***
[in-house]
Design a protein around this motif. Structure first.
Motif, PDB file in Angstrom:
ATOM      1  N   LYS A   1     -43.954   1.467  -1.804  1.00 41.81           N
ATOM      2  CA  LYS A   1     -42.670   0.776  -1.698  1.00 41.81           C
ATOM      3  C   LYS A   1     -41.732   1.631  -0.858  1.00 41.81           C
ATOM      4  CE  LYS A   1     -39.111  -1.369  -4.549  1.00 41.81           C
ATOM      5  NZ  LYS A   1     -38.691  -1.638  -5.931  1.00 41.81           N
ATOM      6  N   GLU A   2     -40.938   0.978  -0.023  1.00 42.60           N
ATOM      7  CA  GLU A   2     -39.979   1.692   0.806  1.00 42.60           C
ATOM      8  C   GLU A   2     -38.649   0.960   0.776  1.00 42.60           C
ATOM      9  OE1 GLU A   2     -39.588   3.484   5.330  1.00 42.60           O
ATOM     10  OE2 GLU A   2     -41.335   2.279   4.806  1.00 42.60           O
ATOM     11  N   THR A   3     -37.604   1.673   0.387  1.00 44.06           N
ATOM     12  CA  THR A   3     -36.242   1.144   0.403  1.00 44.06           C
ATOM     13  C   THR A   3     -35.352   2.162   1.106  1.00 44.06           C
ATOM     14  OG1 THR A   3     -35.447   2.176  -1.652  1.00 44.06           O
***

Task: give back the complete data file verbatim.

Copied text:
[in-house]
Design a protein around this motif. Structure first.
Motif, PDB file in Angstrom:
ATOM      1  N   LYS A   1     -43.954   1.467  -1.804  1.00 41.81           N
ATOM      2  CA  LYS A   1     -42.670   0.776  -1.698  1.00 41.81           C
ATOM      3  C   LYS A   1     -41.732   1.631  -0.858  1.00 41.81           C
ATOM      4  CE  LYS A   1     -39.111  -1.369  -4.549  1.00 41.81           C
ATOM      5  NZ  LYS A   1     -38.691  -1.638  -5.931  1.00 41.81           N
ATOM      6  N   GLU A   2     -40.938   0.978  -0.023  1.00 42.60           N
ATOM      7  CA  GLU A   2     -39.979   1.692   0.806  1.00 42.60           C
ATOM      8  C   GLU A   2     -38.649   0.960   0.776  1.00 42.60           C
ATOM      9  OE1 GLU A   2     -39.588   3.484   5.330  1.00 42.60           O
ATOM     10  OE2 GLU A   2     -41.335   2.279   4.806  1.00 42.60           O
ATOM     11  N   THR A   3     -37.604   1.673   0.387  1.00 44.06           N
ATOM     12  CA  THR A   3     -36.242   1.144   0.403  1.00 44.06           C
ATOM     13  C   THR A   3     -35.352   2.162   1.106  1.00 44.06           C
ATOM     14  OG1 THR A   3     -35.447   2.176  -1.652  1.00 44.06           O